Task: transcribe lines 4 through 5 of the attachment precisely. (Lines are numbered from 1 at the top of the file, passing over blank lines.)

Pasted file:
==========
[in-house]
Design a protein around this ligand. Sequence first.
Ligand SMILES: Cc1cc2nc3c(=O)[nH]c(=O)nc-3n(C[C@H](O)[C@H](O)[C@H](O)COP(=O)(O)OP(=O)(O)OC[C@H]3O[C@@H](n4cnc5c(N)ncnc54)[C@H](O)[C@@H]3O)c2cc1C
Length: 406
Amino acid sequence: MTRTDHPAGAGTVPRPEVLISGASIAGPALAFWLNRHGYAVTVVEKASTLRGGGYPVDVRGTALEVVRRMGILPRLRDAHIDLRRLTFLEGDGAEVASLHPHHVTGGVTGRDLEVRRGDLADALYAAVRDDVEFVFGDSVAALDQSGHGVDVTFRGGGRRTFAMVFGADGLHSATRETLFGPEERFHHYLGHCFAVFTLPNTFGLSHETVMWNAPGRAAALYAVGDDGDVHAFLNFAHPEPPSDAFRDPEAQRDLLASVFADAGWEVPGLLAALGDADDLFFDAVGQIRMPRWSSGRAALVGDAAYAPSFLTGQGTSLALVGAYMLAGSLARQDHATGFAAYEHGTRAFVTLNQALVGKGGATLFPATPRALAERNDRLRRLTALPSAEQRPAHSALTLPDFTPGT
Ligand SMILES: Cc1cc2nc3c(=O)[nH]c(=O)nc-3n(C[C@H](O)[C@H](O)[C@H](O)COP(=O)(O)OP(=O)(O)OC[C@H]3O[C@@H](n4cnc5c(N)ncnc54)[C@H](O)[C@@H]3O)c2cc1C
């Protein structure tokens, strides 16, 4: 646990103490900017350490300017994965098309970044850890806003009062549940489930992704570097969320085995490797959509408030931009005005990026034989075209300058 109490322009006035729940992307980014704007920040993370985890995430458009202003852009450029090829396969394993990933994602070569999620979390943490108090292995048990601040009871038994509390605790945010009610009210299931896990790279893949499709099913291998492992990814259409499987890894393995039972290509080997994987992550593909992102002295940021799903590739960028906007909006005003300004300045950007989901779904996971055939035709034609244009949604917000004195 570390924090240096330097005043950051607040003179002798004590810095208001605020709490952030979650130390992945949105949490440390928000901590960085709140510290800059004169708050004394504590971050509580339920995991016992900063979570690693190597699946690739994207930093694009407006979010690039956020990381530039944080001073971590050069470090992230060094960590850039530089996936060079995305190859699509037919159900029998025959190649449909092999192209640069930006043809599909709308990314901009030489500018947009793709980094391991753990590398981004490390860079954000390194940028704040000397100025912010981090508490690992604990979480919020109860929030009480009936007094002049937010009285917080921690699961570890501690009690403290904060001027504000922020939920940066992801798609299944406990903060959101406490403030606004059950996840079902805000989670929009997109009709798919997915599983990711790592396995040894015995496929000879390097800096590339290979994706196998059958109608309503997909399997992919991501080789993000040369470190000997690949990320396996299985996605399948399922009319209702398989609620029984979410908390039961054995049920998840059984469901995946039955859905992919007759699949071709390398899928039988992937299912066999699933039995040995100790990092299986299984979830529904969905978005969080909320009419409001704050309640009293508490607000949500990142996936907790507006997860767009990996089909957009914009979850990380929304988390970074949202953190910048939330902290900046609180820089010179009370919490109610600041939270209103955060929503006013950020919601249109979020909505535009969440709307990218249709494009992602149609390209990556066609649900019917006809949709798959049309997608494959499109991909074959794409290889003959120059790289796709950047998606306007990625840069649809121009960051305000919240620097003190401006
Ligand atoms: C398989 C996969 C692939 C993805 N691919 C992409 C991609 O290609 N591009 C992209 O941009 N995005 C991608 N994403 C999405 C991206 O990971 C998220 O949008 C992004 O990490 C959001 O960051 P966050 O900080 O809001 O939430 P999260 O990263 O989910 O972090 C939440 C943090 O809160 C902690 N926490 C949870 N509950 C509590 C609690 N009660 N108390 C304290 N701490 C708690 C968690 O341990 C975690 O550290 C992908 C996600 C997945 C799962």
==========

Length: 406
Amino acid sequence: MTRTDHPAGAGTVPRPEVLISGASIAGPALAFWLNRHGYAVTVVEKASTLRGGGYPVDVRGTALEVVRRMGILPRLRDAHIDLRRLTFLEGDGAEVASLHPHHVTGGVTGRDLEVRRGDLADALYAAVRDDVEFVFGDSVAALDQSGHGVDVTFRGGGRRTFAMVFGADGLHSATRETLFGPEERFHHYLGHCFAVFTLPNTFGLSHETVMWNAPGRAAALYAVGDDGDVHAFLNFAHPEPPSDAFRDPEAQRDLLASVFADAGWEVPGLLAALGDADDLFFDAVGQIRMPRWSSGRAALVGDAAYAPSFLTGQGTSLALVGAYMLAGSLARQDHATGFAAYEHGTRAFVTLNQALVGKGGATLFPATPRALAERNDRLRRLTALPSAEQRPAHSALTLPDFTPGT